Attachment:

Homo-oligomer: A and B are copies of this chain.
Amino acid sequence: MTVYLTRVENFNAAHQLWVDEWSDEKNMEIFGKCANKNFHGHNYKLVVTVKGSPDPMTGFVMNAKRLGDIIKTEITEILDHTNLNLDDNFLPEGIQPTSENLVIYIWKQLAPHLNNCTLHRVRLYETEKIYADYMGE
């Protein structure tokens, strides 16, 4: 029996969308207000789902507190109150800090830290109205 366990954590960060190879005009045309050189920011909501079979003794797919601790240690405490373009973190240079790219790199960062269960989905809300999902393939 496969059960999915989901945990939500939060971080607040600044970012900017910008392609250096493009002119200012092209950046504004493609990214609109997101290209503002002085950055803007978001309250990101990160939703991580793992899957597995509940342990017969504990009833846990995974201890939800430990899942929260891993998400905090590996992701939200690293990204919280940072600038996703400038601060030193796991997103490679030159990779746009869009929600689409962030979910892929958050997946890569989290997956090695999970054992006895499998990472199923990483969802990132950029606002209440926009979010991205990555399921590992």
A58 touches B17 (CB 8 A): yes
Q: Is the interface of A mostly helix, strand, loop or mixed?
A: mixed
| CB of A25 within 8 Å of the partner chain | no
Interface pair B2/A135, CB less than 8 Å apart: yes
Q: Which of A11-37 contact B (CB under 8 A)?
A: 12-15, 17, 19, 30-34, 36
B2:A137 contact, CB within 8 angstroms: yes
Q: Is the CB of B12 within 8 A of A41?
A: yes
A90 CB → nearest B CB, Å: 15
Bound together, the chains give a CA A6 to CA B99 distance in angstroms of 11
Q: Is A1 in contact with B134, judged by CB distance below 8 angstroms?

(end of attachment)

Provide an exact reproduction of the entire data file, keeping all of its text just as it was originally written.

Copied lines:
Homo-oligomer: A and B are copies of this chain.
Amino acid sequence: MTVYLTRVENFNAAHQLWVDEWSDEKNMEIFGKCANKNFHGHNYKLVVTVKGSPDPMTGFVMNAKRLGDIIKTEITEILDHTNLNLDDNFLPEGIQPTSENLVIYIWKQLAPHLNNCTLHRVRLYETEKIYADYMGE
């Protein structure tokens, strides 16, 4: 029996969308207000789902507190109150800090830290109205 366990954590960060190879005009045309050189920011909501079979003794797919601790240690405490373009973190240079790219790199960062269960989905809300999902393939 496969059960999915989901945990939500939060971080607040600044970012900017910008392609250096493009002119200012092209950046504004493609990214609109997101290209503002002085950055803007978001309250990101990160939703991580793992899957597995509940342990017969504990009833846990995974201890939800430990899942929260891993998400905090590996992701939200690293990204919280940072600038996703400038601060030193796991997103490679030159990779746009869009929600689409962030979910892929958050997946890569989290997956090695999970054992006895499998990472199923990483969802990132950029606002209440926009979010991205990555399921590992």
A58 touches B17 (CB 8 A): yes
Q: Is the interface of A mostly helix, strand, loop or mixed?
A: mixed
| CB of A25 within 8 Å of the partner chain | no
Interface pair B2/A135, CB less than 8 Å apart: yes
Q: Which of A11-37 contact B (CB under 8 A)?
A: 12-15, 17, 19, 30-34, 36
B2:A137 contact, CB within 8 angstroms: yes
Q: Is the CB of B12 within 8 A of A41?
A: yes
A90 CB → nearest B CB, Å: 15
Bound together, the chains give a CA A6 to CA B99 distance in angstroms of 11
Q: Is A1 in contact with B134, judged by CB distance below 8 angstroms?